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Undoubtedly one of the great signs of social comeuppance is the privilege of flying Business Class. We see a cross-section of Nepalese society from the old landed aristocracy to the arriveste class of the New Nepal, from the "banksters" to the republicans fighting for the deprived regularly flying business class. "Cattle class", as opined by none other than Shashi Tharoor the ex-UN man, now India's rising star, is how the hoi polloi fly - those unencumbered by fat bank balance, "source and force" or overarching social ambition.

Business Class to me conjures up images of roomy seating in half-empty cabins, discreet service by alluring air hostesses, the pop of a Champagne bottle uncorking, heavenly meal consisting of seafood hors d'oeuvre followed by succulent New Zealand lamb entrée. There is, of course, a choice of fine red or white accompanying and selected movies in personal screens to while away the flying time. Importantly there is this sublime feeling that one is different, privileged, a class apart from those taking up the rear. The Bostonian Brahmins were the cultured, long-established, upper-class families of New England of the 19th Century; in the social hierarchy of the time it was said that the leading family of the Cabots spoke to the Lodges, and the Lodges spoke only to God! Flying Business Class at above 30,000 feet is coming closest to having conversation with God.

I have had my share too. As a frequent flyer myself in the job of making others travel, I have crossed the proverbial seven seas flying Business Class often times, with KLM, Malaysia Airlines, and Thai Airways. But often times too it was in economy, a bummer, a nagging reminder of the sagging fortunes of the Nepalese travel industry. On a recent flight to China and back I observed the emerging New Nepal flying business while I flew economy. A well-known female lawyer was in the front as well as a motley crew of Ranas and Shahs. So too were a smattering of NGO and INGO types taking undue advantage of the trust bestowed upon them by their unknowing benefactors. I drew satisfaction as I sat in my seat: the next one was occupied by a pre-eminent business tycoon I knew, someone who had been the King's minister a few year's back. Was he saving money or was he saving himself from undue exposure? Flying in business can have its own attendant risks too!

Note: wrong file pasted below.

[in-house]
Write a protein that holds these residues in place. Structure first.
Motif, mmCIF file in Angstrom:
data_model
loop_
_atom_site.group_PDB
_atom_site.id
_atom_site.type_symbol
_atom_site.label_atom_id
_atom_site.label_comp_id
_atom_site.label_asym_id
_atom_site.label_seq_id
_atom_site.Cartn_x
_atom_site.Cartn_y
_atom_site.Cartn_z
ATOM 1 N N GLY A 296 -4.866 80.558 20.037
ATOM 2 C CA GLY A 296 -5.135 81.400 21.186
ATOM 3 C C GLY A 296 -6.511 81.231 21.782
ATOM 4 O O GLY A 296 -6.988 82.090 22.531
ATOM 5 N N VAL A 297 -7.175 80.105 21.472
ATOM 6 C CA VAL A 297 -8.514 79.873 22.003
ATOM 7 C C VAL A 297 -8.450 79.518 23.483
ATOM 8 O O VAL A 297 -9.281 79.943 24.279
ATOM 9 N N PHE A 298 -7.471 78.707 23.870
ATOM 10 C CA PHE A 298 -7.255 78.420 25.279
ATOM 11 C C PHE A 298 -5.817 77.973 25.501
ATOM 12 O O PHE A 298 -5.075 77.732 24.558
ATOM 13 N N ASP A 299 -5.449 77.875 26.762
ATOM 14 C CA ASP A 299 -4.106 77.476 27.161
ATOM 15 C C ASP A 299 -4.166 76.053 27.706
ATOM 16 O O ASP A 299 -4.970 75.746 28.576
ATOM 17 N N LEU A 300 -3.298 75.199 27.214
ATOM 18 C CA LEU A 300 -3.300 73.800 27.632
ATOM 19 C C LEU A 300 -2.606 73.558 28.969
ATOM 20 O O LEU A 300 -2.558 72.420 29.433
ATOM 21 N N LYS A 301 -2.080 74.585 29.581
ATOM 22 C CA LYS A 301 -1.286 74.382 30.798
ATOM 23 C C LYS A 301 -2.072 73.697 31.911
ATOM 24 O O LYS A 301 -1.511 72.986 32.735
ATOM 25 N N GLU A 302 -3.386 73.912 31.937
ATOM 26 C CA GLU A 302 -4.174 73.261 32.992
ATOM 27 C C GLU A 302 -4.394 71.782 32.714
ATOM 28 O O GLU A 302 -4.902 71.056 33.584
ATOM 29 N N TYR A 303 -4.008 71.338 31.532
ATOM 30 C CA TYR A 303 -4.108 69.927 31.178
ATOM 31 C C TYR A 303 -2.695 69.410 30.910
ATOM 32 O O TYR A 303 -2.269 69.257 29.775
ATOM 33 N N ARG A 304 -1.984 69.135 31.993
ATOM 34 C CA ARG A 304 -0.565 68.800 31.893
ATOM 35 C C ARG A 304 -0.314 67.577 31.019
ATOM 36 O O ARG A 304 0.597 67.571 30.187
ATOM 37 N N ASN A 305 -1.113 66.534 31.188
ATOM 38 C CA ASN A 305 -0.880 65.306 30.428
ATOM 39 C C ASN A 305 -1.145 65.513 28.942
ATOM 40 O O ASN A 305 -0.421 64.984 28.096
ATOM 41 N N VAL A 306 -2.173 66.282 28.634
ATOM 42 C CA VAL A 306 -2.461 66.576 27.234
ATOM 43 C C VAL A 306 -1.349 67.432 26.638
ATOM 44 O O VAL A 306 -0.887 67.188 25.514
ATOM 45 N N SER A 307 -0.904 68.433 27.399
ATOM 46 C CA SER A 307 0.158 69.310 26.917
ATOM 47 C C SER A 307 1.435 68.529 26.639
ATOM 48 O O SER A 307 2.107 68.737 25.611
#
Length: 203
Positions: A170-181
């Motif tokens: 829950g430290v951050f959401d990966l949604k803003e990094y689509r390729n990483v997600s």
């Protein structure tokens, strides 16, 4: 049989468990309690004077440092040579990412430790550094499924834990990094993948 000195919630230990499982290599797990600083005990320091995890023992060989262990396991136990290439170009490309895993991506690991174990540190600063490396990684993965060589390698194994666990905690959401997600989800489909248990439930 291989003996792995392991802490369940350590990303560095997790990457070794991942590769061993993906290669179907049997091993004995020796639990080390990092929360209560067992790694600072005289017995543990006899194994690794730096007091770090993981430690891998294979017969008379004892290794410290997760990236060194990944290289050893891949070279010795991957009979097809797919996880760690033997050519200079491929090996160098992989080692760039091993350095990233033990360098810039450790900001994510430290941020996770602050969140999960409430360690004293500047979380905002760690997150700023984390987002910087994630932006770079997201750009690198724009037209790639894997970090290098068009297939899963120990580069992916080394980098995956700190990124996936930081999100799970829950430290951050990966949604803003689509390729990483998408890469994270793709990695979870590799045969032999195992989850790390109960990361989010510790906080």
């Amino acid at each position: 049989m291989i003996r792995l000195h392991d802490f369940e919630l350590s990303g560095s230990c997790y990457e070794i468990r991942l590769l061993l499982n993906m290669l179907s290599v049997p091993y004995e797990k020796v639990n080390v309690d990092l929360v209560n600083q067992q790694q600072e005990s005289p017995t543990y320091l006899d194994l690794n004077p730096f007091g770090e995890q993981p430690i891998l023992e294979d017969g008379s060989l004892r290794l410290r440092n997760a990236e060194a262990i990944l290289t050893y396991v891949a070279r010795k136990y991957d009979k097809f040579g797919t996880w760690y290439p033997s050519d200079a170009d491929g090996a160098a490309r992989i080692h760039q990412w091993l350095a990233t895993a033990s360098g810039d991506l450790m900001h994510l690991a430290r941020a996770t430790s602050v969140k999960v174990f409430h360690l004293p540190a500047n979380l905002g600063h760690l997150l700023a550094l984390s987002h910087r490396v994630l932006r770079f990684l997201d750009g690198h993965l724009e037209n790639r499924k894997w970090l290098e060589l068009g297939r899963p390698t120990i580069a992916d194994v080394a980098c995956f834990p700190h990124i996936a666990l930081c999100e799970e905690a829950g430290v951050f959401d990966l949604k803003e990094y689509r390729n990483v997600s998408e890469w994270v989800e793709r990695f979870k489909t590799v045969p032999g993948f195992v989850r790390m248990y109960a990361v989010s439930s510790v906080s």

But there are also the deserving. In one of my flights to Mumbai were Dev Anand, Waheeda Rehman and Shahrukh Khan, artists of the highest caliber who have entertained millions. Once sitting together with Udit Narayan Jha in another flight to Mumbai I could not but be impressed by his friendliness and humility, uncharacteristic trait in a Nepali who had it made bigtime in Bollywood replacing the likes of Mohamed Rafi and Mukesh! And the undeserving: in another flight there was a Nepali minister and his entire retinue flying in the front courtesy of sycophantic upgrading while others who could contribute to the coffers of the near bankrupt national carrier had to be content with economy seating.
Let us observe who will in future have conversations with God.


  1. Have you ever had the experience of being so inebriated in business class that the airline actually took you for questioning upon landing?

  2. I have been searching my memory, but it wasn't me! Who pray tell!


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